I don’t know about you, but when I was a little boy the highlight of my week was going to my Grandma Jenkins’ house for Saturday supper. Going to her house was always special, anyway. Any excuse was good enough to go and hang around with her and Grandpa. There was a special corner in their back yard that my Granddad had left unplanted … otherwise it was a pristine garden with flowers and shrubs, beautiful green grass and a small patch of vegetables … so that I could go and play. I would take a kid-size shovel and move the dirt around and then make freeways on which to drive my toy cars. I guess compared to GameBoys and Nintendo, playing in a pile of dirt doesn’t sound too inviting … but I loved it. I suspect most of us have some childhood memories like this one … a special time and place that can never be forgotten and will always be cherished.
Last Sunday morning I was with the Children’s Choir in the choir room and we were talking about the end of the choir year in a couple of weeks. One child said to me, “Our family doesn’t come to church and Sunday School in the summer anyway. We take a vacation from church.” Wow! I asked a question that I’m sure the child did not understand … and that’s OK because I didn’t want to confront a child about a parental decision. But I said, “Do you stop visiting your grandparents during the summer, too?” It was a rhetorical question and didn’t receive a response, and the subject ended right there as we started to sing our anthem.
But let’s think about this. We Christians call God our “Heavenly Father” and we call the church (both the building and the gathered body of Christ) “God’s House”. With the clear understanding that I don’t think God is an old man just above the clouds … I want to explore this. Why, if God is indeed a loving parent to all of us, would we not want to go and visit regularly? Summer and winter … all year round. Why not?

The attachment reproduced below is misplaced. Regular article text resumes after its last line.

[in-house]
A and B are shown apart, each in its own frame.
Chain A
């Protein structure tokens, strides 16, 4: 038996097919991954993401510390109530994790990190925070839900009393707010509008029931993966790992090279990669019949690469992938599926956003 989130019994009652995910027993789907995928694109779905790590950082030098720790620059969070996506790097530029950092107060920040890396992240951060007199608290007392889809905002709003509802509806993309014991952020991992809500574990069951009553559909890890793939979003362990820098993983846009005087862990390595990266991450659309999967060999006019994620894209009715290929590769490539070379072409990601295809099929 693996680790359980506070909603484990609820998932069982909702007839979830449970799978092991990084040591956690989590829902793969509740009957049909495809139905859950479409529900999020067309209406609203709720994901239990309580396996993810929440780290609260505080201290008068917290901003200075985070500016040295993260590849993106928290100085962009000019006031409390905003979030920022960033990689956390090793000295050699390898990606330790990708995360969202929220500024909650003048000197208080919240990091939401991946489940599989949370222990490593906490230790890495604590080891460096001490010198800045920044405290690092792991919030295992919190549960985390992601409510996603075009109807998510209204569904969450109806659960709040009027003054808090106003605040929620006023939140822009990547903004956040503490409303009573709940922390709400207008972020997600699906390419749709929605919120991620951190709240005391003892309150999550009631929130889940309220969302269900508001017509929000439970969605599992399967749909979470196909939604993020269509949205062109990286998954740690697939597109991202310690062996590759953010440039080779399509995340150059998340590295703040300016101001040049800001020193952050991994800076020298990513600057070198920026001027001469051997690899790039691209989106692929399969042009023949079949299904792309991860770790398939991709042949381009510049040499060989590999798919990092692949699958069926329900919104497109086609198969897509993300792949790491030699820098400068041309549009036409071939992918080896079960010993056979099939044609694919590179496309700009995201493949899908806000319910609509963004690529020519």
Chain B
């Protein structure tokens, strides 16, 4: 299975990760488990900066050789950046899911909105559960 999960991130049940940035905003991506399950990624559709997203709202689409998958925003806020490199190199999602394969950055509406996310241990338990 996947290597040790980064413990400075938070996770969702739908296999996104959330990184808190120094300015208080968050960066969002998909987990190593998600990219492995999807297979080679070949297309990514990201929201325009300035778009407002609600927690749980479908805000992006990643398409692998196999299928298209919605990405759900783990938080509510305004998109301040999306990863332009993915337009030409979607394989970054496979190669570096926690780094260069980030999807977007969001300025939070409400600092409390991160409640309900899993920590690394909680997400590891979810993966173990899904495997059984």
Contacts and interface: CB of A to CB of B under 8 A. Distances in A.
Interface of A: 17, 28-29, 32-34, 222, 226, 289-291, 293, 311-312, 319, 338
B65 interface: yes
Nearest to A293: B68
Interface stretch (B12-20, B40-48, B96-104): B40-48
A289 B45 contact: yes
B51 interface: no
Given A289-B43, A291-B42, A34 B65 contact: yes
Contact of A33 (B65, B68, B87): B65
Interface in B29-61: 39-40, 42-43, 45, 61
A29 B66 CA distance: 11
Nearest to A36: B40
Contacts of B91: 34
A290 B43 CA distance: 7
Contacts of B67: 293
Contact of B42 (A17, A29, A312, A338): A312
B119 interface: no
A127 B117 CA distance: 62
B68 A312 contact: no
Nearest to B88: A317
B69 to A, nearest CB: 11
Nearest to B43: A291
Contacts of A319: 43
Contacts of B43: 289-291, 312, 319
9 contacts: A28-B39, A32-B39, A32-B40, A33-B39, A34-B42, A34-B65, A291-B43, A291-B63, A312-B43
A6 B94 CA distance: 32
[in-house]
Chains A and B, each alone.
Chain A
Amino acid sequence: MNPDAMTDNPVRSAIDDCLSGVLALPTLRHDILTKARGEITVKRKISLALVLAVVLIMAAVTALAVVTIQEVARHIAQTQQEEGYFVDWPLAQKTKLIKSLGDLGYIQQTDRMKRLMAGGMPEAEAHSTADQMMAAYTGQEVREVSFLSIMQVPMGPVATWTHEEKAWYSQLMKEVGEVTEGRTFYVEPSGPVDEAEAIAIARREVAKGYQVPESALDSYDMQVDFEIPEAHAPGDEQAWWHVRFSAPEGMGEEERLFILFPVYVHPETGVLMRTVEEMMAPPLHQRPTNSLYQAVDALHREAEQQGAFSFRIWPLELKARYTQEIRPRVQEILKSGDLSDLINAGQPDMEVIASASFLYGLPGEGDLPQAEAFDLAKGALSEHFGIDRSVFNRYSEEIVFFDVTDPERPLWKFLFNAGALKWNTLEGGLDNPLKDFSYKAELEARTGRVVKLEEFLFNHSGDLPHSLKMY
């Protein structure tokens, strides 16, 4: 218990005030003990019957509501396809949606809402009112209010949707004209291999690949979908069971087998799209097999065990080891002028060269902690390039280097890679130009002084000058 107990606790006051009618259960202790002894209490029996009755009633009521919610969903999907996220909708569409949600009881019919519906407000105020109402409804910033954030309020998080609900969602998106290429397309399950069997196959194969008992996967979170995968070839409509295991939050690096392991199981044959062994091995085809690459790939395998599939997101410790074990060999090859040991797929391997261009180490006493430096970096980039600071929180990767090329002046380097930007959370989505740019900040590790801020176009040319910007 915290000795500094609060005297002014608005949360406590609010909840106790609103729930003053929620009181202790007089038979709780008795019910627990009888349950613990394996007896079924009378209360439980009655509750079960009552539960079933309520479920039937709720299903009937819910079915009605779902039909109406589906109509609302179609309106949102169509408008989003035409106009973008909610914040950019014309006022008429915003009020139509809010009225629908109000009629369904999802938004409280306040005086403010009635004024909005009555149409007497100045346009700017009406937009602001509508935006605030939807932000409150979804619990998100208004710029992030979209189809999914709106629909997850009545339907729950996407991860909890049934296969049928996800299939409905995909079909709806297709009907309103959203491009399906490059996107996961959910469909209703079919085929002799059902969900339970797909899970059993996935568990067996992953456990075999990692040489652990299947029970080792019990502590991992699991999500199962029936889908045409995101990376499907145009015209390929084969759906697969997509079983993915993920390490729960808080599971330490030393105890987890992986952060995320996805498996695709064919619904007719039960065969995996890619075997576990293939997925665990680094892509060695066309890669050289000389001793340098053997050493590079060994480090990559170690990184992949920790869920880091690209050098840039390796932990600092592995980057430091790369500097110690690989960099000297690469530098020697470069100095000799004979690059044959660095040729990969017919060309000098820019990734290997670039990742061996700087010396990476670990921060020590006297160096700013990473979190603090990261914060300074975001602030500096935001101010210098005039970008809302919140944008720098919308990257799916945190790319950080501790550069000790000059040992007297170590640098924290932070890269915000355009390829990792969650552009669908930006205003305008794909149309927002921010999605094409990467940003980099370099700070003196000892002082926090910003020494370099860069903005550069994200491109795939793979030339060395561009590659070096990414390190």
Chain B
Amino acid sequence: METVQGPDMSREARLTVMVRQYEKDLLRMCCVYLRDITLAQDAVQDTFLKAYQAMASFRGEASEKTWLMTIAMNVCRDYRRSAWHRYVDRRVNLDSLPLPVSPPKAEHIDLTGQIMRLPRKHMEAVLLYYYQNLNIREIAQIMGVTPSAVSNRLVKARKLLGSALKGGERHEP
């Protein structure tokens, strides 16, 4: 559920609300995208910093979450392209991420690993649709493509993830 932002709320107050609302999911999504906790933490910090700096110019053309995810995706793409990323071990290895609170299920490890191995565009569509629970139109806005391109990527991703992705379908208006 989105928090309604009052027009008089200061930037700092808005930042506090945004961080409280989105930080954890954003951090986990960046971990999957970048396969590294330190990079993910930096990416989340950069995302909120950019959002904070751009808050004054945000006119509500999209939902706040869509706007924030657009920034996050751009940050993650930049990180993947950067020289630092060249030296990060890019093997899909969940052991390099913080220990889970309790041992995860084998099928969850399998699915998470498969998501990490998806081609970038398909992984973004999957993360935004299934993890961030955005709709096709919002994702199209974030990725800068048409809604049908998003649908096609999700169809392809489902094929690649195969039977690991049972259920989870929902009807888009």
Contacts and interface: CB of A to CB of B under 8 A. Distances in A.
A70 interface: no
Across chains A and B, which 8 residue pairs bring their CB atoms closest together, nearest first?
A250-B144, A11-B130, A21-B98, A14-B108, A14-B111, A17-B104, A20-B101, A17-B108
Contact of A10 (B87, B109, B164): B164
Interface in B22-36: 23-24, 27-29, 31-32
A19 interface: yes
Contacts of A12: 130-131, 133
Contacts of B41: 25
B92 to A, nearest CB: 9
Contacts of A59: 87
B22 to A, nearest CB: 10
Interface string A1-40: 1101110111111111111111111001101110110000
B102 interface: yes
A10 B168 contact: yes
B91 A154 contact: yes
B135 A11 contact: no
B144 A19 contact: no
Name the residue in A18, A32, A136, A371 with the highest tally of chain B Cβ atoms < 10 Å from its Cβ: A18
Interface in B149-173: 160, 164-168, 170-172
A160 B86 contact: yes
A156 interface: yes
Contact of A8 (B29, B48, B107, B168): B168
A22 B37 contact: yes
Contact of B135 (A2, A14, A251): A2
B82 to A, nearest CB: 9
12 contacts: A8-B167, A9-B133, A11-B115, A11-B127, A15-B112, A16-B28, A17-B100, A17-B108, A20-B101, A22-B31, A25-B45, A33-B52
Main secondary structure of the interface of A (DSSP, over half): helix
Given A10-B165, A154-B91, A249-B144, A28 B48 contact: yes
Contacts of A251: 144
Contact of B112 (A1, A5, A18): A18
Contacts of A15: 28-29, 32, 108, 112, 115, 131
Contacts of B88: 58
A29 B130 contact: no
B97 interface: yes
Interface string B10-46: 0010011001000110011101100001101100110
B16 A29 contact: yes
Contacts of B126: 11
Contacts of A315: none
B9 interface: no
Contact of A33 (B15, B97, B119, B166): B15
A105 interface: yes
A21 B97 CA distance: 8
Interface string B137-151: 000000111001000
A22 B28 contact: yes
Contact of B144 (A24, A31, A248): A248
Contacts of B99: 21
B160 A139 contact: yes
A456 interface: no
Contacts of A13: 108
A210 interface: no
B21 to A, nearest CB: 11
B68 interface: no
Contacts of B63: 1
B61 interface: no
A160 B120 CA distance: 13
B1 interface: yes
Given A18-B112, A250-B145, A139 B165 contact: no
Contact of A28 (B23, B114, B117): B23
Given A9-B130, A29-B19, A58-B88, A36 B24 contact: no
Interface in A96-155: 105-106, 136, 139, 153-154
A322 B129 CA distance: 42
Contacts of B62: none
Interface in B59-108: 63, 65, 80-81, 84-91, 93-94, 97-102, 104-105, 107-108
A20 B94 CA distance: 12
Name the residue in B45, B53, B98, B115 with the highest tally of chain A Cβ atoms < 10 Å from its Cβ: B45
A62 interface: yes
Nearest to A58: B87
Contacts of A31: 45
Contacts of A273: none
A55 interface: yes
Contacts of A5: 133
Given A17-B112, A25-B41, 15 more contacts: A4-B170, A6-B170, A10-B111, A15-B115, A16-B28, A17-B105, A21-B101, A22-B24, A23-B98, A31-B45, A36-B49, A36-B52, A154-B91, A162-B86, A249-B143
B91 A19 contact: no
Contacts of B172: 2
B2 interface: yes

In my own experience, even after I left home, and long after my grandparents Jenkins had entered the Church Eternal, I always called my folks at least once a week. Saturday morning was the time set aside to call mom and dad and let them know what exciting stuff had happened this week. I remember often thinking … ‘I need to remember to tell mom about this.’ Often I made trips on Christmas morning, going halfway across the continent to be home for part of that special day … and for many years not really being able to afford the air fare. But I did it anyway, because I know how much it meant to them … and to me. All our kids descended upon us this last Christmas … and it was the best we’d had since they were all little and waking us up at 4 a.m. to open presents!
This business of touching base at ‘home’ is a big deal in our lives. Both for us and for our parents. And I believe it is so with God. You know, I think he expects us to come by some time during the weekend for a brief visit. A couple of hours should do it! Not much of our week. But for too many of us, church is not our ‘home’ … but a strange place of stained glass and pews where we are just visitors to a strange place. And it’s not the furniture and windows that are the problem. My grandparents had funny overstuffed furniture and a twelve inch TV, but it didn’t matter. And God’s house needs to become that comfortable for us. Comfortable enough that we should feel a deep sense of loss when we don’t stop over on Sunday for conversation and a meal.
This is our Divine Parent we’re talking about here! And I believe God misses us when we don’t show up for Sunday dinner. Oh that we missed it as much as he misses us!
Food for thought …